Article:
The target market for Tradition includes active retirees, active duty and retired military, singles, young families and managers/executives. Coast leaders have cited concerns about shortage of affordable housing on the Coast, so it is welcome news that the dwelling units will include affordable as well as upscale housing. The 12,000 to 15,000 homes will have a price range of $80,000 to $250,000.
The first phase of the development will cover 200 acres and include 400 home sites within four distinctive neighborhoods representing a variety of price ranges and architectural styles. Land development is expected to begin within the next nine to 12 months, with home construction beginning six months after that.
The planned community is the brainchild of New Orleans-based real estate development Joseph Canizaro, who has been involved in New Orleans developments such as Canal Place, LL&E Tower, Texaco Center, and the Crowne Plaza Hotel.
Also on the board of directors for the Tradition Community Development Corporation are Roger Galatas, who served as president and CEO of The Woodlands, a $4-billion planned community north of Houston, Texas, and retired Major General James E. Livingston of the U.S. Marine Corps.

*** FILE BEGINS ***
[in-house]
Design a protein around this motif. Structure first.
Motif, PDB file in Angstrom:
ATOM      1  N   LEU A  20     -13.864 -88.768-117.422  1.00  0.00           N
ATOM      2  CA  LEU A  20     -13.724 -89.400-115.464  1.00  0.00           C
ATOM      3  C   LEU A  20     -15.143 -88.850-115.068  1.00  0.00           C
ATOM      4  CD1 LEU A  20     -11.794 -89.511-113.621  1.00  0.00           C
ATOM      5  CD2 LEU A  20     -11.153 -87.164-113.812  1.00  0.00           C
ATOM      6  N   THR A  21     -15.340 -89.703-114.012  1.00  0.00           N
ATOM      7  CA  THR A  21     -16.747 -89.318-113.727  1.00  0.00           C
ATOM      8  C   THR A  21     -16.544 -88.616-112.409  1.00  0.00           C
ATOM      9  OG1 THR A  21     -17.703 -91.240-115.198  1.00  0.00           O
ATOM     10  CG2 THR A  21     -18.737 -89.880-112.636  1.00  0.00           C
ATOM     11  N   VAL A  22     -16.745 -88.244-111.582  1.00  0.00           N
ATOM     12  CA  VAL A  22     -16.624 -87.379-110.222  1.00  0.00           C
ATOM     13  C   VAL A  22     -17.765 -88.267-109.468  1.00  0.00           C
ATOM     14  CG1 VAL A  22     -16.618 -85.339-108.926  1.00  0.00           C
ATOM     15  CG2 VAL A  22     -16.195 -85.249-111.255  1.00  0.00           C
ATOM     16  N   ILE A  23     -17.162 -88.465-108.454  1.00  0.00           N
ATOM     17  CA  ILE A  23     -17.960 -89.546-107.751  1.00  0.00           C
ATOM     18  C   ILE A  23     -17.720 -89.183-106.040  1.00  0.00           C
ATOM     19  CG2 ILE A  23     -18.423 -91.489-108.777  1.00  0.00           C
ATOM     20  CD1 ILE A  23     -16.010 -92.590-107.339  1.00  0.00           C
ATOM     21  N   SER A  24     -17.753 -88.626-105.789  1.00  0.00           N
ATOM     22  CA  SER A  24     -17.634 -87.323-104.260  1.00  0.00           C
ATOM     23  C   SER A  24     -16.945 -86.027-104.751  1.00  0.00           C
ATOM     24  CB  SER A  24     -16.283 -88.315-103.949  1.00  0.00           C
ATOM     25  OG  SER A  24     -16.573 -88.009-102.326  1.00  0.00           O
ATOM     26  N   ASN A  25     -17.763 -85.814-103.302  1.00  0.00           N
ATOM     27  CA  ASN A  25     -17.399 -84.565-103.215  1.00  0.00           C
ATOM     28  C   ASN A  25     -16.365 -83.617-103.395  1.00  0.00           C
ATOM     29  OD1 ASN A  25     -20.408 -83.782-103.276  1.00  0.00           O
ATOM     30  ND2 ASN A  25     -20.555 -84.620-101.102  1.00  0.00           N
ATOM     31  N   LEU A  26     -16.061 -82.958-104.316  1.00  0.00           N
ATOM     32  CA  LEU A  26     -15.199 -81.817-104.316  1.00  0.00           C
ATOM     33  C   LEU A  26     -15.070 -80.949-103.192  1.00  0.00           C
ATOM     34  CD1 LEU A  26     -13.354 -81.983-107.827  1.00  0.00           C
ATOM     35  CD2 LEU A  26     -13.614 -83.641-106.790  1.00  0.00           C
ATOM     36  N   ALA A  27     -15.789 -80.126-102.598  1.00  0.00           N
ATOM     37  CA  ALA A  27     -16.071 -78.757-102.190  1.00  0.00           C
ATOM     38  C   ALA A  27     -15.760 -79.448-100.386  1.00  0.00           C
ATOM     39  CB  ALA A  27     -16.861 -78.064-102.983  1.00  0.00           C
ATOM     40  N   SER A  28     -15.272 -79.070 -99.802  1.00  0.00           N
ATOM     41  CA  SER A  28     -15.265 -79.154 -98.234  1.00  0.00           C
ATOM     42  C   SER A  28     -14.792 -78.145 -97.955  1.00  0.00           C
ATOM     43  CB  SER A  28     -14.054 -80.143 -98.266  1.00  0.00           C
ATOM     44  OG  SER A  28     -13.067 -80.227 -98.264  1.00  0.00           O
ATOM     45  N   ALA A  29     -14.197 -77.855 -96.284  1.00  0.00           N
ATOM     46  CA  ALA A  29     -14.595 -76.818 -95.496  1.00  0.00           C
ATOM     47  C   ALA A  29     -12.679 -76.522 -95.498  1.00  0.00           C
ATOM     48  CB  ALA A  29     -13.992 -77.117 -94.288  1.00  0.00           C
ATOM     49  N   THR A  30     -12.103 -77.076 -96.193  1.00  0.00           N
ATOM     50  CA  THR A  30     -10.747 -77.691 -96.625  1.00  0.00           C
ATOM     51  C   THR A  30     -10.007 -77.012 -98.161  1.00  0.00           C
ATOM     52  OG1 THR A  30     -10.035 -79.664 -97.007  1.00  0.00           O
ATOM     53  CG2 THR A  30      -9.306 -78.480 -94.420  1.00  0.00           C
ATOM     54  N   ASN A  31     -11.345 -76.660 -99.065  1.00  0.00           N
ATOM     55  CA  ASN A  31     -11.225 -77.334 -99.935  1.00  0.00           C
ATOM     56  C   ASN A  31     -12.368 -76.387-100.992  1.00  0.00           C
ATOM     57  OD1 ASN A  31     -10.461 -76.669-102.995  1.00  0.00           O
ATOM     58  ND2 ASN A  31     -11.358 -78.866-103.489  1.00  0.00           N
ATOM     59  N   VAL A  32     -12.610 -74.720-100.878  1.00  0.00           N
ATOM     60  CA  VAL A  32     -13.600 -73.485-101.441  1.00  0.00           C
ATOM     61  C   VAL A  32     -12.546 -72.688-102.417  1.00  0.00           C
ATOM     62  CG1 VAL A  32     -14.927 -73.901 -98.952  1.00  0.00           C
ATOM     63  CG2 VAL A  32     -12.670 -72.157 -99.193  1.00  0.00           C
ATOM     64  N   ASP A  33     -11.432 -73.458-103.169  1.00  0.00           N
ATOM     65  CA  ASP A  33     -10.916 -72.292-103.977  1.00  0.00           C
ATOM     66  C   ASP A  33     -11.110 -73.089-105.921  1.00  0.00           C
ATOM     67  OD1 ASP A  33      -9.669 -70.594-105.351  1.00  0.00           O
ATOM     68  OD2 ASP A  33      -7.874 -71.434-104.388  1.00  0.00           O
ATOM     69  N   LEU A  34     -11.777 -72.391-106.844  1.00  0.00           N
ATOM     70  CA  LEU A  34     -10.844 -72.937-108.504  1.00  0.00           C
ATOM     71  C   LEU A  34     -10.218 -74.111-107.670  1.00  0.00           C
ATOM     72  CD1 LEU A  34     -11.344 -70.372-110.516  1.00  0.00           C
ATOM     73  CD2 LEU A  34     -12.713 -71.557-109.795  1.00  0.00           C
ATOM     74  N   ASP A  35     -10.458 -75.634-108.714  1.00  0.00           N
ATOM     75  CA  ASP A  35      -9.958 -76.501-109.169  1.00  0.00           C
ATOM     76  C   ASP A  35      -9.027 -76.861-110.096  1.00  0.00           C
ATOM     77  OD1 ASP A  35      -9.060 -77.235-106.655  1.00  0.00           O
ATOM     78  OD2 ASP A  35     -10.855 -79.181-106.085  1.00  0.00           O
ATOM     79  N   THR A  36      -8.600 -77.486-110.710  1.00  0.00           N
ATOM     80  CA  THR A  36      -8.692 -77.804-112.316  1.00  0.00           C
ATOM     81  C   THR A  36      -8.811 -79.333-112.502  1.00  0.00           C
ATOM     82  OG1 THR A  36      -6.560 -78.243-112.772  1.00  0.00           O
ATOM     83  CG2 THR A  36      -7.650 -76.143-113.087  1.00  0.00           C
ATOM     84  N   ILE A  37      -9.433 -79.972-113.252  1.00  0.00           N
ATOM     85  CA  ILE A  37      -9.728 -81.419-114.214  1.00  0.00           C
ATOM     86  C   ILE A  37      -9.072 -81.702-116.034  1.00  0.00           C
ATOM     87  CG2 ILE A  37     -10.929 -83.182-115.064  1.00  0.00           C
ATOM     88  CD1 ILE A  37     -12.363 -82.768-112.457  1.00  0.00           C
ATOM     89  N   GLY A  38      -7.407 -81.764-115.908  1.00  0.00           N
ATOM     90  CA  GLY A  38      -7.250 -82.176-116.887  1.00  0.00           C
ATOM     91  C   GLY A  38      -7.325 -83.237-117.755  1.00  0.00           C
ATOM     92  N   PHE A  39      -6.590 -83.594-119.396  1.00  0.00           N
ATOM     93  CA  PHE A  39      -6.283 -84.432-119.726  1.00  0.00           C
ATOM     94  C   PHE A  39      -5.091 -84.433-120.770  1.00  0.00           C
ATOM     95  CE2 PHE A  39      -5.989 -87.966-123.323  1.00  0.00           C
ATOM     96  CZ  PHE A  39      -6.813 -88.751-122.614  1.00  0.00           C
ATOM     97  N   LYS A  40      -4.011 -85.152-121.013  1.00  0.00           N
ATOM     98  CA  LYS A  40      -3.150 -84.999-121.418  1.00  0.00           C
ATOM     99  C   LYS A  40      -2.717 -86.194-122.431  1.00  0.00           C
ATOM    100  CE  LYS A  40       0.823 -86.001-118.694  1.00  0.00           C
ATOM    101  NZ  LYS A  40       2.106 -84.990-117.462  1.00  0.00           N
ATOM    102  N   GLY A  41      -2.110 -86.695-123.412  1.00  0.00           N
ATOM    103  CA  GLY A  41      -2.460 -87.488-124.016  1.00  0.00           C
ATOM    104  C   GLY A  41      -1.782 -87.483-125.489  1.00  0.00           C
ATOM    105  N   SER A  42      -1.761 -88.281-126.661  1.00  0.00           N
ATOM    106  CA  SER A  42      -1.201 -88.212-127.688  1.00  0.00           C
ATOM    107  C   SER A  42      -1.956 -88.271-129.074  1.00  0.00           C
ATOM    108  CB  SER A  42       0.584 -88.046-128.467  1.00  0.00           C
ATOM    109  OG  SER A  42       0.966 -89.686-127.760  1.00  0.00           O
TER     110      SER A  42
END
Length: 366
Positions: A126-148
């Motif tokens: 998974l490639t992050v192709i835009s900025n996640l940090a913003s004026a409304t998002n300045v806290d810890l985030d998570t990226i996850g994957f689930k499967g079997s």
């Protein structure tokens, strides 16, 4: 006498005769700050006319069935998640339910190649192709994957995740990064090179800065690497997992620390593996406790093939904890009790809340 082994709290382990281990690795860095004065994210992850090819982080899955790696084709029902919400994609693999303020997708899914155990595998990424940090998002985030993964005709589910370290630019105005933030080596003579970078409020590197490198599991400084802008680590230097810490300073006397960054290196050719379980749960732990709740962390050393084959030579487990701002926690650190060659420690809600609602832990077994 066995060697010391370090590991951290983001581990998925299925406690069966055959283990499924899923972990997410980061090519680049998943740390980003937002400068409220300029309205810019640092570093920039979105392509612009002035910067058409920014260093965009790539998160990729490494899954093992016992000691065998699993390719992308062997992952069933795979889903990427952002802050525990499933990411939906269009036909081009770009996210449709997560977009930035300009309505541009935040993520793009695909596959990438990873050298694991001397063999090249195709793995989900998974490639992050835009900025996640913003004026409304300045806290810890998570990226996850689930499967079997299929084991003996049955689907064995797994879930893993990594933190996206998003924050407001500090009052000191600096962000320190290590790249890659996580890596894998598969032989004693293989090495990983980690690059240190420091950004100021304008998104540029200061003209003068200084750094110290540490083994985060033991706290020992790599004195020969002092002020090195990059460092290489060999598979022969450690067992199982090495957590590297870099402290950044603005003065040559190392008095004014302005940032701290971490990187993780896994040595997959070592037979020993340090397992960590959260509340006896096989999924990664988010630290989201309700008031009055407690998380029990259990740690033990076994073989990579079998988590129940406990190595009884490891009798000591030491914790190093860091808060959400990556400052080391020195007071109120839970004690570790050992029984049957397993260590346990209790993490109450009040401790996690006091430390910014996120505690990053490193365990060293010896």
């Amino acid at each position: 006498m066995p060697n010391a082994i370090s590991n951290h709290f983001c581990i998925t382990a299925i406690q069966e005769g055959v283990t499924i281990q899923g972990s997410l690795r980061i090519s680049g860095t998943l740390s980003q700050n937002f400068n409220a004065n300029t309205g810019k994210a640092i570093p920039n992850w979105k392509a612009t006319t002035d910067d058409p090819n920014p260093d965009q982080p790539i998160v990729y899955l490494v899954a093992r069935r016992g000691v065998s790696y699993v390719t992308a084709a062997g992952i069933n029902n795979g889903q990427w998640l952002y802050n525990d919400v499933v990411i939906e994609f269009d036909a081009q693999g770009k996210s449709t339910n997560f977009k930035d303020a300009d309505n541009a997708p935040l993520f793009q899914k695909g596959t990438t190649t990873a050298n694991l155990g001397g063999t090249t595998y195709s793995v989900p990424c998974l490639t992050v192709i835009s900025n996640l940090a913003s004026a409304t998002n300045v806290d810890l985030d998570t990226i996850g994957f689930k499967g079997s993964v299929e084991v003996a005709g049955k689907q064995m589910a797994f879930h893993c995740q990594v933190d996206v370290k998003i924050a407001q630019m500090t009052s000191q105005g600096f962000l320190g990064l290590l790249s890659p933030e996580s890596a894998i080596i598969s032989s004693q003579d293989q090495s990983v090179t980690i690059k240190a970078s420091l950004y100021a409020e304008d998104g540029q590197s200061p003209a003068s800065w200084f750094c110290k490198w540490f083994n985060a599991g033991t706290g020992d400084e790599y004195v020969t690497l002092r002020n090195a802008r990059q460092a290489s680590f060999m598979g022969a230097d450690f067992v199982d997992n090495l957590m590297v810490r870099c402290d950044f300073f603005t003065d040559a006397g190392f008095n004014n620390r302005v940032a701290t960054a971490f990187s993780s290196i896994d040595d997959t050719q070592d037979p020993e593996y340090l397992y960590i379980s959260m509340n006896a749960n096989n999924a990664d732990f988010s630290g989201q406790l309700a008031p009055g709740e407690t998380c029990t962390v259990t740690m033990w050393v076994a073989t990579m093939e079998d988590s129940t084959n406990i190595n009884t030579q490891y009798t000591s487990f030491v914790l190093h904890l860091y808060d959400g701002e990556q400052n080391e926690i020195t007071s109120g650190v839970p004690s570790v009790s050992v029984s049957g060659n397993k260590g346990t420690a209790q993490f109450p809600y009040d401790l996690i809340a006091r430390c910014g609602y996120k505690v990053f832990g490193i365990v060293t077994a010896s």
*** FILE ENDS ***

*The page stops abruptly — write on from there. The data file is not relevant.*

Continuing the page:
Larry Benefield, president of the Harrison County Board of Supervisors, said the planned community is expected to create $111 million in property taxes in the next 15 years.
“Right now we’re just getting pennies an acre in taxes on this land,” Benefield said. “This will be the highest and best use of the land.”
Canizaro said that the project was originally named Forest Lakes Development. “The name Tradition relates to the values, culture and quality of life area residents have grown accustomed to over the years and hold dear still today,” Canizaro said. “It is a way of life that lies not in compromise, but in commitment to nature, community, neighbors, family and a vision for the future.”